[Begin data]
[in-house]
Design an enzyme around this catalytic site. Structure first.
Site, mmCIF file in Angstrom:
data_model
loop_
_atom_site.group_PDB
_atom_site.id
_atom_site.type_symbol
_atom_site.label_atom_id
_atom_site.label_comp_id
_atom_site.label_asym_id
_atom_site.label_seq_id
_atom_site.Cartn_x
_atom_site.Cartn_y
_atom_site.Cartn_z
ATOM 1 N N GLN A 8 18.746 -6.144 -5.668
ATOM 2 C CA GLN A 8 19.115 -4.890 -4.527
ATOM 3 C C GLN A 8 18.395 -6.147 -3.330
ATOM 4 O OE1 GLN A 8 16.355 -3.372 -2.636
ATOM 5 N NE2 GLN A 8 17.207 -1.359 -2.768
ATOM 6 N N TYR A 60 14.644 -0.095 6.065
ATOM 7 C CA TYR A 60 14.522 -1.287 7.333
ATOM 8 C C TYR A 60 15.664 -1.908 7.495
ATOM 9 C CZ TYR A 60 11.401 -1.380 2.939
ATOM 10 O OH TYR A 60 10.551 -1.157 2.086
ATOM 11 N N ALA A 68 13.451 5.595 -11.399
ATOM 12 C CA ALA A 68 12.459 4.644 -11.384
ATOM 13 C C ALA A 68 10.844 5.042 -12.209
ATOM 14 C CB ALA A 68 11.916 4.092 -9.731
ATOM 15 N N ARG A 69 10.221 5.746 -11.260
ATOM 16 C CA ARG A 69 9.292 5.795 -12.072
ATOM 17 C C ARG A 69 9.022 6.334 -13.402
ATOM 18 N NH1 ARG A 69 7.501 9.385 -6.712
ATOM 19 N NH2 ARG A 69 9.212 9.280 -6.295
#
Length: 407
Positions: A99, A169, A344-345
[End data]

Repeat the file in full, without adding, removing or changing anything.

[in-house]
Design an enzyme around this catalytic site. Structure first.
Site, mmCIF file in Angstrom:
data_model
loop_
_atom_site.group_PDB
_atom_site.id
_atom_site.type_symbol
_atom_site.label_atom_id
_atom_site.label_comp_id
_atom_site.label_asym_id
_atom_site.label_seq_id
_atom_site.Cartn_x
_atom_site.Cartn_y
_atom_site.Cartn_z
ATOM 1 N N GLN A 8 18.746 -6.144 -5.668
ATOM 2 C CA GLN A 8 19.115 -4.890 -4.527
ATOM 3 C C GLN A 8 18.395 -6.147 -3.330
ATOM 4 O OE1 GLN A 8 16.355 -3.372 -2.636
ATOM 5 N NE2 GLN A 8 17.207 -1.359 -2.768
ATOM 6 N N TYR A 60 14.644 -0.095 6.065
ATOM 7 C CA TYR A 60 14.522 -1.287 7.333
ATOM 8 C C TYR A 60 15.664 -1.908 7.495
ATOM 9 C CZ TYR A 60 11.401 -1.380 2.939
ATOM 10 O OH TYR A 60 10.551 -1.157 2.086
ATOM 11 N N ALA A 68 13.451 5.595 -11.399
ATOM 12 C CA ALA A 68 12.459 4.644 -11.384
ATOM 13 C C ALA A 68 10.844 5.042 -12.209
ATOM 14 C CB ALA A 68 11.916 4.092 -9.731
ATOM 15 N N ARG A 69 10.221 5.746 -11.260
ATOM 16 C CA ARG A 69 9.292 5.795 -12.072
ATOM 17 C C ARG A 69 9.022 6.334 -13.402
ATOM 18 N NH1 ARG A 69 7.501 9.385 -6.712
ATOM 19 N NH2 ARG A 69 9.212 9.280 -6.295
#
Length: 407
Positions: A99, A169, A344-345